If, doing three FP1 past papers over Xmas, you come across questions pretty much like the ones attached, that’s fine. If you don’t come across questions like these, try them. They’re a little more tricky than most of the examples you’ve done.
Question 1: it’s just a matter of being confident about what it means for a matrix to be “singular”. It means that its determinant is zero; or (in other words) that you can’t invert it; or (in other words again) that it collapses every triangle (every shape, in fact) into something of zero area, a line segment or just a point. The actual working-out is quite easy.
Question 2: Here, the method is simple and easy, as it is with all these proofs by induction by matrices. It’s just that the working is a bit more complicated.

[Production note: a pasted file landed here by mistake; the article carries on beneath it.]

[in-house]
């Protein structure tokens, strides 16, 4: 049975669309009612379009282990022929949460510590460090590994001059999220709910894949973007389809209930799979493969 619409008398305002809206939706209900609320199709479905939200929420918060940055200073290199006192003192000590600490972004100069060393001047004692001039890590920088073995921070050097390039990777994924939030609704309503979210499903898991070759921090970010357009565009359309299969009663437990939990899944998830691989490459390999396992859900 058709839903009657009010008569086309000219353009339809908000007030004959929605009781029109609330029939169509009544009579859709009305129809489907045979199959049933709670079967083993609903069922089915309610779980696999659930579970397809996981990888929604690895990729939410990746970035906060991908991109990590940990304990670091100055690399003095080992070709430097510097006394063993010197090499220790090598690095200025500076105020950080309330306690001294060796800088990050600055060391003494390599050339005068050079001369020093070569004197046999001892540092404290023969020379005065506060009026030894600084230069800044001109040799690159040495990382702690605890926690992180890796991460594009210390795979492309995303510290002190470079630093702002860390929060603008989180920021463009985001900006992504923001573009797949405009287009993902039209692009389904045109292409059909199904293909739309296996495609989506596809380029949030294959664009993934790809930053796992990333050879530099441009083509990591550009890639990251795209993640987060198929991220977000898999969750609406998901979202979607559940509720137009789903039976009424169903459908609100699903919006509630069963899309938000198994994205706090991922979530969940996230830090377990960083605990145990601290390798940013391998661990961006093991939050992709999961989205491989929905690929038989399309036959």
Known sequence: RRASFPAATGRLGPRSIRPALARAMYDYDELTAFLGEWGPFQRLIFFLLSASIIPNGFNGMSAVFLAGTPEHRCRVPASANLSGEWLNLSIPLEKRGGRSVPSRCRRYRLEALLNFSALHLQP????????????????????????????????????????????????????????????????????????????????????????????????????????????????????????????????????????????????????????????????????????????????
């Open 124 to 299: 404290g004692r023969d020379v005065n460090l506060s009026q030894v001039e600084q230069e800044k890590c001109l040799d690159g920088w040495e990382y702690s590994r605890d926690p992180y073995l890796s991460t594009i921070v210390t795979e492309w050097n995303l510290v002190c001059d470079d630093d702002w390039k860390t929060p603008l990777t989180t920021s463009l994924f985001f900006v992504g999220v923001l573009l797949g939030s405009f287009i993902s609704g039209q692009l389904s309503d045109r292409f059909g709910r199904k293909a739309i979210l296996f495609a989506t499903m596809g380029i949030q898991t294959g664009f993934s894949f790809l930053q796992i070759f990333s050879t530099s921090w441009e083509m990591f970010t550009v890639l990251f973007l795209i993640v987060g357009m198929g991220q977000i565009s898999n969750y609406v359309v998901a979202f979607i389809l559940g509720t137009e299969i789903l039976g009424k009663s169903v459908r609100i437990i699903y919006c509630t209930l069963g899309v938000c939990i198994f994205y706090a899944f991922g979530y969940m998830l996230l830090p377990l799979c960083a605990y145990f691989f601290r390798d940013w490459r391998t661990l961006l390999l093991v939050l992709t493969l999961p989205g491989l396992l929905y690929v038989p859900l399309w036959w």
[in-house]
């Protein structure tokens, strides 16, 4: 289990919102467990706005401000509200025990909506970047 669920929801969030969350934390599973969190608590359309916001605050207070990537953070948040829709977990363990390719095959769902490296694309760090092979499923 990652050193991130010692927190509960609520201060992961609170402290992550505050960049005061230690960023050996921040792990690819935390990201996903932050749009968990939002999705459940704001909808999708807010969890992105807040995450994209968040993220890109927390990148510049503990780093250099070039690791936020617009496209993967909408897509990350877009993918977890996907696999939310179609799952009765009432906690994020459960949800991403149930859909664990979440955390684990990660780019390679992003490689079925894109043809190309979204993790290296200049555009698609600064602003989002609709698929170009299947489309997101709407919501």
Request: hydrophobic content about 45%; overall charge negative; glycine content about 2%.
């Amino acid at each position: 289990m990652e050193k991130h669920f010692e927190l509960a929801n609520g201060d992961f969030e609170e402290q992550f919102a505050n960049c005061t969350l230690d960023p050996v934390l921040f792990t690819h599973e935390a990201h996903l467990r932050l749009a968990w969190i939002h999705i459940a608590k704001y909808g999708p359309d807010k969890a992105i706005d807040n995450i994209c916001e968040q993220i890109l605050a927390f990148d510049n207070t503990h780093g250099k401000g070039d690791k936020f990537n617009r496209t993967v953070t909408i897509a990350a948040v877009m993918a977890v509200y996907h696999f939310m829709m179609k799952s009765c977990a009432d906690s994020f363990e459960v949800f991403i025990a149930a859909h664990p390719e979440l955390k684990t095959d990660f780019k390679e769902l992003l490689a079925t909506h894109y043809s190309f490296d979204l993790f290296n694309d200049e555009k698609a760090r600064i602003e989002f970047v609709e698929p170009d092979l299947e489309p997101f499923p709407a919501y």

Question 3 and 4: It’s a matter of being alert to when you have to prove by induction and when using standard formulas.
The standard-formulas question here (Q.3) has quite easy working. The method for the proof-by-induction one is entirely standard, something you all know by now, but the working is a bit more complicated than average. Notice that my model solution does a bit of simplifying the thing to be proved in Step 2 before starting on the main working in Step 2.
Question 5: The issue here is whether you remember that you must divide through to make the coefficient of x3 equal to 1 before you use the rules about sum of roots and product of roots.
If you’ve practised enough that you can do all these five questions ok, then you should be confident.